Q: In your opinion, which is the best discovery ever and who is your favorite scientist?

This question is very hard to answer because there are quite a few favorite physicists. Since I am Austrian I am maybe a little bit biased. I think Ludwig Boltzmann (1844-1906) discovered with entropy as a measure of (dis)order one of the most fundamental rules. He was also fighting for atoms and at his time this was revolutionary: Mach a famous Viennese professor always asked Boltzmann "Did you see them (atoms) already?". Another physicist Wolfgang Pauli found a basic rule which is also a kind of cornerstone of physics and it is not just a principle, it is HIS principle. Also this topic is studied with high-sensitivity measurements in which our institute is involved (VIP in LN Gran Sasso).

Q: How important is the collaboration in scientific research, especially among researchers from different countries?

The joint work in (international) collaboration is a "condition sine qua non" for modern physics - especially for experimental research in nuclear and particle physics (c.f. as an extreme case the big LHC experiments like CMS, ATLAS etc. where several thousand physicists are working and bringing in their expertise). Also the experiments in which I am involved like SIDDHARTA at LN Frascati show that the research work can only be done in an international collaboration.

Q: How can a scientist be defined and how do talent, intuition and study influence his profession?

I think the following definition in principle holds true: "A person with advanced knowledge of one or more sciences"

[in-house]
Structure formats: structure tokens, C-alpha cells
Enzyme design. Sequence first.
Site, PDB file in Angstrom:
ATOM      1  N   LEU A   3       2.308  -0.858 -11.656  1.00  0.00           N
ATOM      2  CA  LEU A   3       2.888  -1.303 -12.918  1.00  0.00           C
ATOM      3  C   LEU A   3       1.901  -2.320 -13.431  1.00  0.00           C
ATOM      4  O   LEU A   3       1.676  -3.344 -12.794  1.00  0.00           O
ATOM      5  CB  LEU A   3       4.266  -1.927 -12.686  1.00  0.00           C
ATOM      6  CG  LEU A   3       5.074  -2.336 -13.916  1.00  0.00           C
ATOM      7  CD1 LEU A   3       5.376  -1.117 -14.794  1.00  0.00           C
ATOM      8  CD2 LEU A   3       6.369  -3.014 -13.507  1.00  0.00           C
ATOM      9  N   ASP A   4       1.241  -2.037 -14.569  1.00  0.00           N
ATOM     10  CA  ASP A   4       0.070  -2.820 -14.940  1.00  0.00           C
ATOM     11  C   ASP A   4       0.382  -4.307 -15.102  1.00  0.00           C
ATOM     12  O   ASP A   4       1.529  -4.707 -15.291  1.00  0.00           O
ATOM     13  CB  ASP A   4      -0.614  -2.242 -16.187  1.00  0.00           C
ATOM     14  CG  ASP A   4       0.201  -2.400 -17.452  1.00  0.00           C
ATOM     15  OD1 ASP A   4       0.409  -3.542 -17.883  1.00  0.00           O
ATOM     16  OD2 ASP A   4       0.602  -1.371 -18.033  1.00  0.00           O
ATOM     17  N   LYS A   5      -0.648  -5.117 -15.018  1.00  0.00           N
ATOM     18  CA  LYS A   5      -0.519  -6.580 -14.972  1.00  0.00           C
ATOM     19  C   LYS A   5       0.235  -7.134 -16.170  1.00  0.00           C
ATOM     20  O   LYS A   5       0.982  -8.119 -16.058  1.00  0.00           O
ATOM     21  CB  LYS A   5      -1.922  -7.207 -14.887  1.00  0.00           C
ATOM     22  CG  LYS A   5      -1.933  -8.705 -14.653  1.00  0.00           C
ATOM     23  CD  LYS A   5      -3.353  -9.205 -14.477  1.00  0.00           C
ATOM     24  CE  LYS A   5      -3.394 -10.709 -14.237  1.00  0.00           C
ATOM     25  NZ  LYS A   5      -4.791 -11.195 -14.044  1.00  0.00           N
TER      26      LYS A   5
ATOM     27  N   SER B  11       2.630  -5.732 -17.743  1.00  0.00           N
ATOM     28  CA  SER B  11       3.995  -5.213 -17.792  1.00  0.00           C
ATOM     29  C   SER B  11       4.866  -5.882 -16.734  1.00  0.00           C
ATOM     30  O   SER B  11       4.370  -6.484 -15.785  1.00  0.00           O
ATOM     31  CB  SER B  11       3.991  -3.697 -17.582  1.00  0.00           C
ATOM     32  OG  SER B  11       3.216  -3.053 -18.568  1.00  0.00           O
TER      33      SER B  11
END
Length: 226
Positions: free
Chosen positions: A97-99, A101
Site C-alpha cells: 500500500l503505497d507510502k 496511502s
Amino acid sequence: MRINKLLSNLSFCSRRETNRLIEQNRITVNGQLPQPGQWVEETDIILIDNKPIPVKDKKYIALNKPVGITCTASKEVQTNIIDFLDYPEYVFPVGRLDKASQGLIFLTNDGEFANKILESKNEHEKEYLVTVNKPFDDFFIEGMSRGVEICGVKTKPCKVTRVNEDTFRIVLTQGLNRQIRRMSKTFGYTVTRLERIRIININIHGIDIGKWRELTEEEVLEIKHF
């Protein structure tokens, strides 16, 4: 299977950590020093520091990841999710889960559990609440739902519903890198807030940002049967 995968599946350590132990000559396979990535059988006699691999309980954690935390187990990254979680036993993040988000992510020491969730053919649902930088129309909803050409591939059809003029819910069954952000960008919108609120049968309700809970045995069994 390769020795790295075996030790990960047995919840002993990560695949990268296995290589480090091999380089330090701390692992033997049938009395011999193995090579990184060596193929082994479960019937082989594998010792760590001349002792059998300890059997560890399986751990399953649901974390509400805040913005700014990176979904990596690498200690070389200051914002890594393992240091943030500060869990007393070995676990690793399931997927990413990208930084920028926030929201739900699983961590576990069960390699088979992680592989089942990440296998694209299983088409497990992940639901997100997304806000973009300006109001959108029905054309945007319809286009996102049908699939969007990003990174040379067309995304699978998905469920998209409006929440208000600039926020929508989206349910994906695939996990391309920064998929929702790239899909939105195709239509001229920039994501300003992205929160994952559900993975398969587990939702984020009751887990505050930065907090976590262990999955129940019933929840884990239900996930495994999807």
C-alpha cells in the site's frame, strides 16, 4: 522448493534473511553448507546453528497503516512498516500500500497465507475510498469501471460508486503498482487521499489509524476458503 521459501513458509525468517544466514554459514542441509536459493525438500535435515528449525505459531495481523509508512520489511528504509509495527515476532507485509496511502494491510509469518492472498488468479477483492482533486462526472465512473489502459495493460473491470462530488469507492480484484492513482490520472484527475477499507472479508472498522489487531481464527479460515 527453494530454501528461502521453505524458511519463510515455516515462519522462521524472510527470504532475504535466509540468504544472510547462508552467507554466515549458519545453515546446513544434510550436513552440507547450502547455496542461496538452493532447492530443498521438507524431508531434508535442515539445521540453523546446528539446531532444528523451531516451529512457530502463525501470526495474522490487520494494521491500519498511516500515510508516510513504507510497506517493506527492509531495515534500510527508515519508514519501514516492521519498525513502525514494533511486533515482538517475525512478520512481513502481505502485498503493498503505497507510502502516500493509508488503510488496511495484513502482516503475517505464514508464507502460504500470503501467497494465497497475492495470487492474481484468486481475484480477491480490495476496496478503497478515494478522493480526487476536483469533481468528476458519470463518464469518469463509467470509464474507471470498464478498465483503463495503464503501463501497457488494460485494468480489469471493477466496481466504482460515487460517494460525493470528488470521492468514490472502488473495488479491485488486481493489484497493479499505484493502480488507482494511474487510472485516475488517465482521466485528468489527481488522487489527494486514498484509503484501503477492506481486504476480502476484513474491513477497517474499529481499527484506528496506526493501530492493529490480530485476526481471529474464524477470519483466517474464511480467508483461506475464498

I think a scientist is somebody who tries to find out new knowledge which can be used as a basis for further studies going deeper into the subject. Often there is either a direct application or a spin-off having positive impact to our society. For the profession the knowledge about methods, technologies, and certainly the talent are necessary. This knowledge is not enough to discover new things - one has to have intuition, one has to be brave to go beyond known boundaries and this may also lead to battles with traditional-oriented people: see the case of Boltzmann above. To quote Niels Bohr about quantum physics: " We are all agreed that your theory is crazy. The question which divides us is whether it is crazy enough to have a chance of being correct. My own feeling is that it is not crazy enough".
Also sometimes true: "Physics is, hopefully, simple. Physicists are not".
(Edward Teller)

Q: What are your hobbies and passions and what book would you suggest us to read?

I have some hobbies like skiing, hiking and photography. Sometimes I have time to paint - my skills are not so great but hopefully improving. Cooking is also a kind of small passion and sometimes I read books about cooking. I remember a cookbook written by a famous German Physicist and founder of the Laue-Langevin research center in Grenoble, Meyer-Leibnitz, Kochbuch für Füchse (cookbook for foxes). I would recommend for reading some books written by Feynman - not only his lecture series - e.g. Surely you're joking, Mr. Feynman.

Q: How do you see the future of research in this period of global economic crisis?

Research is important for the future in many ways, e.g. application of new technologies in medicine. Therefore I hope that politicians realize that an investment in research is also an investment in future. Even in economically difficult times one should not save money in the wrong field.